TREASURES FROM THE ACADEMY FILM ARCHIVE
Dedicated to the preservation, restoration, documentation, exhibition and study of motion pictures, the Academy Film Archive, established in 1991 at the Academy of Motion Picture Arts & sciences, is home to one of the most diverse and extensive motion picture collections in the world. This extensive screening series includes both independent and studio features and documentaries and will kick off on January 31 with a special visit from Academy’s Film Preservationist Mark Toscano, who will present an exciting program of recently restored avant-garde treasures.
- Fri., Jan. 31 | 7:00 PM4070 Vilas Hall
This program of experimental work restored by the Academy Film Archive focuses on films that examine, prod, and break down many of the conceptual and structural foundations of standard filmmaking practice. You will see the image fractured, defaced, multiplied, and divided. You will see one movie that was created in a fraction of a second, and another movie made with a squirtgun. You will experience the sound of Kirk Douglas's head. Filmmakers represented include James Benning, Stan Brakhage, Chick Strand, David Rimmer, Scott Stark, and several others. The films in this program are Projection Instructions (Morgan Fisher, 1976); No Art of Memory (James Otis, 1982); Under the Juggernaut (Robert Russett, 1969); Grain Graphics (Dana Plays, 1978); The Sound of his Face (Scott Stark, 1988); Chicago Loop (James Benning, 1976); Squirt Gun/Step Print (Pat O'Neill, 1998); Madame Mao's Lost Love Letters (Tom Leeser & Diana Wilson, 1983); Night Mulch & Very (Stan Brakhage, 2001); Cartoon Le Mousse (Chick Strand, 1979); Variations on a Cellophane Wrapper (David Rimmer, 1970); and Now Playing (Susan Rosenfeld, 1983). Academy Film Archive’s Mark Toscano will appear in person as your guide through this dazzling selection.
- Fri., Feb. 7 | 7:00 PM4070 Vilas Hall
In one of his signature anti-hero roles, Newman is the title character, a womanizing, self-interested son of a Texas cattle rancher (Douglas) who destroys his family’s business just as coolly as he seduces the devoted family maid (Neal, in an Oscar-winning performance). Ritt’s unsentimental direction, James Wong Howe’s marvelous cinematography, and a peerless cast make undeniably compelling material out of Larry McMurtry’s early novel Horseman, Pass By.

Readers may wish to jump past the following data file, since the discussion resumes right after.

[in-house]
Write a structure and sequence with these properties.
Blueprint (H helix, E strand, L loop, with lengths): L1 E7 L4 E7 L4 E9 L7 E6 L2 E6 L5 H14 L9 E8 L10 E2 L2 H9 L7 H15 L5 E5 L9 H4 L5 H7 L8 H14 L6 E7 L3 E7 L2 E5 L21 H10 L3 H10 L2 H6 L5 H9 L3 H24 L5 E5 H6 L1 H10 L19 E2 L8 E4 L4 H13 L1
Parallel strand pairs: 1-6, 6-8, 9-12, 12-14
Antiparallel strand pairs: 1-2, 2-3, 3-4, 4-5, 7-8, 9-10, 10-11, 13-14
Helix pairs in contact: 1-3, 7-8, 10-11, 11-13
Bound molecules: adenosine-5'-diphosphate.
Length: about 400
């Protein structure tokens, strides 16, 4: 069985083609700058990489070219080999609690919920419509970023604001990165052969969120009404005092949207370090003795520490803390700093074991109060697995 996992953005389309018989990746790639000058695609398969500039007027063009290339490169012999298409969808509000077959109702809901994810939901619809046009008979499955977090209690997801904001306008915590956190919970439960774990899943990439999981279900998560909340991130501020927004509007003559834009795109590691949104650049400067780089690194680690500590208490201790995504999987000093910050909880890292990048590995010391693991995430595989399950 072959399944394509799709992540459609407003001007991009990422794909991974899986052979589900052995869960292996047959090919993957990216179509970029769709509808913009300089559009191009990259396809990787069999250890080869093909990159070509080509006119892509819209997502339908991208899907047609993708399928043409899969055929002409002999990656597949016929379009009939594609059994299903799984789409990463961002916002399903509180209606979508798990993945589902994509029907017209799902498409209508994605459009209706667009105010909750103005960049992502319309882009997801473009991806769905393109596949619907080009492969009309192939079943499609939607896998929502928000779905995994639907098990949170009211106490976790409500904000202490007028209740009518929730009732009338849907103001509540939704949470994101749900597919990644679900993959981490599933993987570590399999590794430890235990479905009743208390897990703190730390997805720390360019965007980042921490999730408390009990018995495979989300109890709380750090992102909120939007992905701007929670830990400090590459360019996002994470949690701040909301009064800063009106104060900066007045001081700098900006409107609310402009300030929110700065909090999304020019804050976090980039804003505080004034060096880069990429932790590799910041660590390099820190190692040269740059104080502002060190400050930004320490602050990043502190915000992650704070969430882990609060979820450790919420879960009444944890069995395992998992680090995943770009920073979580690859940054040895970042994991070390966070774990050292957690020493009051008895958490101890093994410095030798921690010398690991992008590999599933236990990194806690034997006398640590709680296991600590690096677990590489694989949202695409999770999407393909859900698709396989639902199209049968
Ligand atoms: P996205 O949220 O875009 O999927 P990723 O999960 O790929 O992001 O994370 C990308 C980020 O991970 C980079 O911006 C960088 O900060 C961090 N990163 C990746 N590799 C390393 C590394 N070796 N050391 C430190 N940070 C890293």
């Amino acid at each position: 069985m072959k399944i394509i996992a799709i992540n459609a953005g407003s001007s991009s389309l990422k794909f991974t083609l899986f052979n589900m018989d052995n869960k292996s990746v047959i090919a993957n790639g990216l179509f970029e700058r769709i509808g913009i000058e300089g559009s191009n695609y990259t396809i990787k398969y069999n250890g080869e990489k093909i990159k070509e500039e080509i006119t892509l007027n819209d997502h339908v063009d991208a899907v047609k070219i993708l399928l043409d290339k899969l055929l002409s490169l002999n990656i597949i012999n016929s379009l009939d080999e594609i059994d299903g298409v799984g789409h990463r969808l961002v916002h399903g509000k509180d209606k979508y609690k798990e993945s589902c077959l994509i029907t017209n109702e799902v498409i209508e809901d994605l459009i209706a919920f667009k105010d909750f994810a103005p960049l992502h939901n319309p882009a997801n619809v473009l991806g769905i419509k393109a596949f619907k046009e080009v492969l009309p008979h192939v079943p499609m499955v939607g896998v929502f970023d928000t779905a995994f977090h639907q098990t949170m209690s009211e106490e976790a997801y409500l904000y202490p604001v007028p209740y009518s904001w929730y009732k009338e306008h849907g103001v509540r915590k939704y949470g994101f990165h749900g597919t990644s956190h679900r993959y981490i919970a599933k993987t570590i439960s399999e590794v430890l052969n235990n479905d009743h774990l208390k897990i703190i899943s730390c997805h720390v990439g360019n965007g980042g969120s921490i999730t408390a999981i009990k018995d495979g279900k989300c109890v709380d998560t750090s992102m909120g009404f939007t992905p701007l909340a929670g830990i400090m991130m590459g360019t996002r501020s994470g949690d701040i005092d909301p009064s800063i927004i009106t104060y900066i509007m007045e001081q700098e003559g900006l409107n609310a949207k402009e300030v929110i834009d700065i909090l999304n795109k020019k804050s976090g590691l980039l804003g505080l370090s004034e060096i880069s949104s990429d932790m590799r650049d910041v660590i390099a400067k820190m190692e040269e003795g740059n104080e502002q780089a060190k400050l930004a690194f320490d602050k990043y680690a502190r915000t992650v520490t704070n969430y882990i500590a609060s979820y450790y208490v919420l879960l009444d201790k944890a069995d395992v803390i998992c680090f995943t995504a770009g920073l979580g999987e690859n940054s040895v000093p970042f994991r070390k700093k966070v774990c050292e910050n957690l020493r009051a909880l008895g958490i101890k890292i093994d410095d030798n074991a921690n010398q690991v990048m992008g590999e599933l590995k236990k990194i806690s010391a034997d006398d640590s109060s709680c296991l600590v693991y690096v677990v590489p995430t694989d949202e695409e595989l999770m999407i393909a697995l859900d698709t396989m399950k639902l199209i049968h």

- Fri., Feb. 14 | 7:00 PM4070 Vilas Hall
An adaptation of Thackeray’s novel, Kubrick’s masterful follow-up to A Clockwork Orange follows the picaresque exploits of Redmond Barry (O’Neal) from romantic duellist to British Army deserter to titled nobility. Barry’s rise and fall is told in a series of measured, carefully selected, and very compelling episodes that lead to perhaps the most moving conclusion in all of Kubrick’s films. John Alcott’s Academy Award winning cinematography set new, innovative standards for filming with natural light.
- Fri., Feb. 28 | 7:00 PM4070 Vilas Hall
The second of legendary filmmaker Ray’s films about the detective Feluda (Chaterjee) finds the Bengali Sherlock Holmes searching for a lost Ganesha idol along the banks of the Ganges. A playful departure from Ray’s more typical social dramas, this whodunit was adapted from one of the director’s voluminous Feluda short stories.
- Fri., Mar. 7 | 7:00 PM4070 Vilas Hall
Billed in the 1950s as “the world’s youngest ordained minister,” Marjoe Gortner returned to revival tent preaching in the late 1960s as a way to make money. Looking to escape the evangelical limelight, Gortner invited documentary filmmakers Kernochan and Smith to follow him around on a final holy-rolling tour, admitting privately to the cameras that he’s a fraud and an atheist. This mesmerizing film won the Academy Award for Best Documentary Feature.
- Fri., Mar. 14 | 7:00 PM4070 Vilas Hall
Get ready to laugh! This side-splitting collection of nine great Warner Bros. shorts from the golden age of animation is a showcase for some of the medium’s greatest artists. That wascally wabbit Bugs makes his first appearance in Tex Avery’s Oscar-nominated A Wild Hare (1940) and the character’s evolution can be traced through A Heckling Hare (Avery, 1941), Hare Ribbin (Robert Clampett, 1944), Hare Conditioned (Chuck Jones, 1945), Rhapsody Rabbit (Friz Freleng, 1946) and Long Haired Hare (Jones, 1949). Plus, bonus shorts Have You Got Any Castles? (Frank Tashlin, 1938), A Tale of Two Kitties (Clampett, 1942), and Tweetie Pie (Freleng, 1947). Each cartoon will be presented in a newly struck print courtesy of the Academy Film Archive!
- Fri., Mar. 28 | 7:00 PM4070 Vilas Hall
Looking to marry the daughter (Carroll Baker) of a cattle baron, pacifist Peck finds himself caught in an increasingly violent feud over water rights between his bride-to-be’s wealthy father (a great performance by Charles Bickford) and his more slovenly neighbor (an Oscar-winning turn from Burl Ives). Released the year before Ben-Hur, Wyler’s underrated and much more personal epic reveals a director who, having honed his talents in silent westerns, knows precisely where to place a camera for maximum effectiveness. Jerome Moross’ memorable score enhances Wyler’s vision. Restored by the Academy Film Archive with funding from the Film Foundation.